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Herbert Hoover and Cabinet Publicity in the 1920s

  • Stephen Ponder
Chapter

Abstract

Publicity practices adopted by the White House to promote public support for the president’s policies spread widely in the executive branch in the 1920s. Cabinet officers and agency directors applied many of the promotional techniques used during World War I to try to increase public and congressional support for their programs. Press conferences, press bureaus, handouts, and other tactics of publicity were used to promote news coverage of agency activities in much the same way that the presidents since McKinley appealed for public support for themselves and their policies through the news at the White House.

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Notes

  1. 8.
    T. Swann Harding, “Genesis of One ‘Government Propaganda Mill,’“ Public Opinion Quarterly 10 (Summer 1947): 227—35.CrossRefGoogle Scholar
  2. 11.
    The quotation is from Richard Barry, “Mr. Hughes Humanized: A Study of the Secretary of State,” Outlook 128 (6 July 1921): 412–3.Google Scholar
  3. 13.
    For overviews of Hughes’s service as secretary of state, see Mario J. Pusey Charles Evans Hughes, 2 vols. (New York: Macmillan, 1951),Google Scholar
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  5. 19.
    The primary single-volume biographies of Hoover are Burner, Herbert Hoover: A Public Life, and Joan Hoff Wilson, Herbert Hoover: Forgotten Progressive (Boston: Little, Brown, 1975).Google Scholar
  6. 23.
    J. R.Williams, “Hoover, Harding and the Harding Image,” Northwest Ohio Quarterly 45 (Winter/Spring 1972—73): 4—20, and Henry, Presidential Transitions, 161–2,182–90.Google Scholar
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    Robert K. Murray, “Herbert Hoover and the Harding Cabinet,” in Ellis W Hawley ed., Herbert Hoover as Secretary of Commerce: Studies in New Era Thought and Practice (Iowa City, Ia.: University of Iowa Press, 1981), 21—3. Wilson, Herbert Hoover, Forgotten Progressive, 80–6.Google Scholar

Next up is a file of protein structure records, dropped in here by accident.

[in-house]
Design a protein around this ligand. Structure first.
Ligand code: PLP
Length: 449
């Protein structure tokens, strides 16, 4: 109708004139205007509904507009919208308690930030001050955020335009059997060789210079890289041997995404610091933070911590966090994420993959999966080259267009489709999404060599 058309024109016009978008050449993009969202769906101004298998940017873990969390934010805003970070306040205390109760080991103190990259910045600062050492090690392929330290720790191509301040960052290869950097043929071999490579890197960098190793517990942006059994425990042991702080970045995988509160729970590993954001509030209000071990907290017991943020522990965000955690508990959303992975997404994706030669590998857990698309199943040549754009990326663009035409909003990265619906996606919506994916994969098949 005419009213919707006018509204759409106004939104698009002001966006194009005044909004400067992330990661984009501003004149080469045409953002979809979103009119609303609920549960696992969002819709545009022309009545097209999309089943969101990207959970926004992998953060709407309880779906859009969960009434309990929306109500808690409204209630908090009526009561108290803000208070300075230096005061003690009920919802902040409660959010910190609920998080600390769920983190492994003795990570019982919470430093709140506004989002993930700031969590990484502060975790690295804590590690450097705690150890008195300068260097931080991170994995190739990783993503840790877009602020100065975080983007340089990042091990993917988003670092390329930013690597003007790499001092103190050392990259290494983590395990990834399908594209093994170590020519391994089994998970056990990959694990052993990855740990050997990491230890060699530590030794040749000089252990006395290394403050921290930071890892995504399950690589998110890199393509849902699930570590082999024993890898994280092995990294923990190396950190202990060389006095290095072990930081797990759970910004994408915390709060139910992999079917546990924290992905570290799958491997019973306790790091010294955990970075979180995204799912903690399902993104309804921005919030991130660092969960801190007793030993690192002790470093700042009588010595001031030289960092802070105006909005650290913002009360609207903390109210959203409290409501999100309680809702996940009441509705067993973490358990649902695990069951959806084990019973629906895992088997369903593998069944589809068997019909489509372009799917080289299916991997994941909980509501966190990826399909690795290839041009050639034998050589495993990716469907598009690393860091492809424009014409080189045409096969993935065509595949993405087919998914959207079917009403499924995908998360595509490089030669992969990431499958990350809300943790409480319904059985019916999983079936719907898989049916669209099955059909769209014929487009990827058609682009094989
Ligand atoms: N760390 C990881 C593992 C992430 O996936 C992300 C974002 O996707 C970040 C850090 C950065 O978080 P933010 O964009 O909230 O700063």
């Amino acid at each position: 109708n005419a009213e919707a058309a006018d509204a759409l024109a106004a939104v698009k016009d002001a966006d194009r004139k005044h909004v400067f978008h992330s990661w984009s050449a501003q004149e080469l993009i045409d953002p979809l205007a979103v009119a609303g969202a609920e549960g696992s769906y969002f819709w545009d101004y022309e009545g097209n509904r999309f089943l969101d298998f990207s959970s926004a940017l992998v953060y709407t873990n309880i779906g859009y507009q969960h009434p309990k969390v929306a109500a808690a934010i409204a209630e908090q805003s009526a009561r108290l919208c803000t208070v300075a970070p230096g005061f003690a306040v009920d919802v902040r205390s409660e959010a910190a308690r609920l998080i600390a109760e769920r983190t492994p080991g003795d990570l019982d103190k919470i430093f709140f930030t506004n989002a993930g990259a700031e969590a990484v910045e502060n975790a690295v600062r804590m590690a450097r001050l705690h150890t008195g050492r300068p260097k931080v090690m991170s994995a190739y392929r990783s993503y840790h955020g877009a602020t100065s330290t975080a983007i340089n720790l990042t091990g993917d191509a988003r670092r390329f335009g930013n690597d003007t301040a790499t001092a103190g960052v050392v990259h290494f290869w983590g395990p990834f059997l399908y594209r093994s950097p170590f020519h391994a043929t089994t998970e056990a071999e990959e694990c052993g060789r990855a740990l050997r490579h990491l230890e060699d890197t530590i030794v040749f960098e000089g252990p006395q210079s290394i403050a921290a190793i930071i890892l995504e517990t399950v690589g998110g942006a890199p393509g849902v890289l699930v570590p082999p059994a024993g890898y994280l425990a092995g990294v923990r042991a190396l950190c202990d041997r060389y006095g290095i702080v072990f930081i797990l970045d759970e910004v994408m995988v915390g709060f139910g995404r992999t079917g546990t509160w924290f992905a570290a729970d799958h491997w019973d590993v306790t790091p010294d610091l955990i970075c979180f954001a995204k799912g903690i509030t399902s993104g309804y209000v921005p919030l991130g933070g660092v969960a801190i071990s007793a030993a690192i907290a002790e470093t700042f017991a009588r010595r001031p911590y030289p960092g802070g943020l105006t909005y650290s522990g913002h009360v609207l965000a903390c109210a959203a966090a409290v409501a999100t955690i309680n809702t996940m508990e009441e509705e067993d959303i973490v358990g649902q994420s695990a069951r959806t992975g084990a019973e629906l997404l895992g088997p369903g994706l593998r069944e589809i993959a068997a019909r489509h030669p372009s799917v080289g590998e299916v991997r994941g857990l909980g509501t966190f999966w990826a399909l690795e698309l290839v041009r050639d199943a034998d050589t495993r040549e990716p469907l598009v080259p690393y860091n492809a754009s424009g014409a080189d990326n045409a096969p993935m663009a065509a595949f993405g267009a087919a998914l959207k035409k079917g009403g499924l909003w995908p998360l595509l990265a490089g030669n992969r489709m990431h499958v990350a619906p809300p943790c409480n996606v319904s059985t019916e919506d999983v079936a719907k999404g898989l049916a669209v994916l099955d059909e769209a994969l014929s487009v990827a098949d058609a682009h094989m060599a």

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    See, generally, William R. Tanner, “Secretary Hoover’s War on Waste,” 1–235; David E. Lee, “Herbert Hoover and the Development of Commercial Aviation, 1921–26,” 36–65; and Carl E. Krog, “Organizing the Production of Leisure,” 66–94, all in Carl E. Krog and William R. Tanner, eds., Herbert Hoover and the Republican Era: A Reconsideration (Lanham, Md: University Press of America, 1984). Essary “Uncle Sam’s Ballyhoo Men,” 425.Google Scholar
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    The quotation is from Herbert Corey, “The Presidents and the Press,” Saturday Evening Post 204 (9 January 1932): 25, 96–104.Google Scholar
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    The quotation is from Paul Y. Anderson, “Hoover and the Press,” Nation 133 (14 October 1931): 382–4.Google Scholar
  13. 54.
    Alfred Pearce Dennis, “Humanizing the Department of Commerce,” Saturday Evening Post 197 (6 June 1925), 8–9, 181–2, 184, and 186.Google Scholar
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    A. H. Ulm, “Hoover Emerges as a One-Man Cabinet,” New York Times Magazine, 19 September 1926, 1.Google Scholar
  15. 56.
    The quotation is from Louis Rothschild to Wayne R. Whitaker, 5 March 1972, cited in Whitaker, “Warren G. Harding and the Press,” 131. Clinton Gilbert, The Mirrors of Washington (New York: G. P. Putnam’s Sons, 1921), 120–1.Google Scholar
  16. 58.
    Hoover’s most recent biographer, George H. Nash, describes relations between Hoover and Coolidge as correct but tense. See Nash, “The ‘Great Enigma’ and the ‘Great Engineer’: The Political Relationship of Calvin Coolidge and Herbert Hoover,” in John Earl Haynes, ed. Calvin Coolidge and the Coolidge Era (Washington, D. C: Library of Congress, 1998), 132—48.Google Scholar
  17. 60.
    Louis W Liebovich, Bylines in Despair: Herbert Hoover, the Great Depression, and the U.S. News Media (Westport, Conn: Praeger, 1994), 46—9, describes the press coverage of Hoover’s flood relief efforts.Google Scholar
  18. 65.
    The phrase is from Harper Leech and John C. Carroll, What’s the News? (Chicago: Pascal Covici, 1926), 160.Google Scholar

Copyright information

© Stephen Ponder 1998

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  • Stephen Ponder

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